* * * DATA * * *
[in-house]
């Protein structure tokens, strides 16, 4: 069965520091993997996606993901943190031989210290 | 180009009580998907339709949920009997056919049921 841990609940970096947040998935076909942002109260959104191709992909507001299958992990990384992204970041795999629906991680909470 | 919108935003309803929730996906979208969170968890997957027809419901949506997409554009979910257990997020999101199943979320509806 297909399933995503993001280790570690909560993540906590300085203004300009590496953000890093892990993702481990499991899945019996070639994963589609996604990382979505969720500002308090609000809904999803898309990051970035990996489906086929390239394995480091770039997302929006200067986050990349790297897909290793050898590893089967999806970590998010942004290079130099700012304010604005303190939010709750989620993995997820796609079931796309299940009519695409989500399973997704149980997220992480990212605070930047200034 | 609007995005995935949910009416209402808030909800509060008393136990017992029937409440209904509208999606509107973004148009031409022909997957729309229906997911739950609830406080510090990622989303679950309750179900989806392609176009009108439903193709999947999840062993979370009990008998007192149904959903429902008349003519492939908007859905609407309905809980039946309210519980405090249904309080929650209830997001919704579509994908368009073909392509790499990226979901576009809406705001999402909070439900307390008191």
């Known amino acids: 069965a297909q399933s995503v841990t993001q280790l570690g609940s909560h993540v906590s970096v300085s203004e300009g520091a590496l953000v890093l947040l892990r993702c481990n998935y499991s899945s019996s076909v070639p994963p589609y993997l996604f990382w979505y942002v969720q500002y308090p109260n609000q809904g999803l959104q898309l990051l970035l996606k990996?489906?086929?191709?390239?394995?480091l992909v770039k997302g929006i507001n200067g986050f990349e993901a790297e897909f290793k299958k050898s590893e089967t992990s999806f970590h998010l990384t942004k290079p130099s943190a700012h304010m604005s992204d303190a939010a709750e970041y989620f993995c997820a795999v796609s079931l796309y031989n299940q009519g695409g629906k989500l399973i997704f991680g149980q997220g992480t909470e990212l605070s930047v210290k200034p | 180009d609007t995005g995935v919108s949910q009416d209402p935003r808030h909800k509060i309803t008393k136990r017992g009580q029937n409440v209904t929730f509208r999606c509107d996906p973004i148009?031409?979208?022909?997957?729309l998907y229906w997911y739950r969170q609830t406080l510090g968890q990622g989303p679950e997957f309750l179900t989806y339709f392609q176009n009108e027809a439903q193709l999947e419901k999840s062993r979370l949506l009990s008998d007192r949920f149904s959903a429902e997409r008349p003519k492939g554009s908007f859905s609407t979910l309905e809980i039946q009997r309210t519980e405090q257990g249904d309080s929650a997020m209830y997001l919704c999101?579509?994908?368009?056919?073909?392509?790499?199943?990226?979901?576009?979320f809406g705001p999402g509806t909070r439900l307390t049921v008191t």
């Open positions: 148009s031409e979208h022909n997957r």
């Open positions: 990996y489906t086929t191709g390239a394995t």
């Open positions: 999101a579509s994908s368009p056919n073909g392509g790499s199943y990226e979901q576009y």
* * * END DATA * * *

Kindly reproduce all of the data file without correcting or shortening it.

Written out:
[in-house]
């Protein structure tokens, strides 16, 4: 069965520091993997996606993901943190031989210290 | 180009009580998907339709949920009997056919049921 841990609940970096947040998935076909942002109260959104191709992909507001299958992990990384992204970041795999629906991680909470 | 919108935003309803929730996906979208969170968890997957027809419901949506997409554009979910257990997020999101199943979320509806 297909399933995503993001280790570690909560993540906590300085203004300009590496953000890093892990993702481990499991899945019996070639994963589609996604990382979505969720500002308090609000809904999803898309990051970035990996489906086929390239394995480091770039997302929006200067986050990349790297897909290793050898590893089967999806970590998010942004290079130099700012304010604005303190939010709750989620993995997820796609079931796309299940009519695409989500399973997704149980997220992480990212605070930047200034 | 609007995005995935949910009416209402808030909800509060008393136990017992029937409440209904509208999606509107973004148009031409022909997957729309229906997911739950609830406080510090990622989303679950309750179900989806392609176009009108439903193709999947999840062993979370009990008998007192149904959903429902008349003519492939908007859905609407309905809980039946309210519980405090249904309080929650209830997001919704579509994908368009073909392509790499990226979901576009809406705001999402909070439900307390008191």
């Known amino acids: 069965a297909q399933s995503v841990t993001q280790l570690g609940s909560h993540v906590s970096v300085s203004e300009g520091a590496l953000v890093l947040l892990r993702c481990n998935y499991s899945s019996s076909v070639p994963p589609y993997l996604f990382w979505y942002v969720q500002y308090p109260n609000q809904g999803l959104q898309l990051l970035l996606k990996?489906?086929?191709?390239?394995?480091l992909v770039k997302g929006i507001n200067g986050f990349e993901a790297e897909f290793k299958k050898s590893e089967t992990s999806f970590h998010l990384t942004k290079p130099s943190a700012h304010m604005s992204d303190a939010a709750e970041y989620f993995c997820a795999v796609s079931l796309y031989n299940q009519g695409g629906k989500l399973i997704f991680g149980q997220g992480t909470e990212l605070s930047v210290k200034p | 180009d609007t995005g995935v919108s949910q009416d209402p935003r808030h909800k509060i309803t008393k136990r017992g009580q029937n409440v209904t929730f509208r999606c509107d996906p973004i148009?031409?979208?022909?997957?729309l998907y229906w997911y739950r969170q609830t406080l510090g968890q990622g989303p679950e997957f309750l179900t989806y339709f392609q176009n009108e027809a439903q193709l999947e419901k999840s062993r979370l949506l009990s008998d007192r949920f149904s959903a429902e997409r008349p003519k492939g554009s908007f859905s609407t979910l309905e809980i039946q009997r309210t519980e405090q257990g249904d309080s929650a997020m209830y997001l919704c999101?579509?994908?368009?056919?073909?392509?790499?199943?990226?979901?576009?979320f809406g705001p999402g509806t909070r439900l307390t049921v008191t």
């Open positions: 148009s031409e979208h022909n997957r």
């Open positions: 990996y489906t086929t191709g390239a394995t």
């Open positions: 999101a579509s994908s368009p056919n073909g392509g790499s199943y990226e979901q576009y």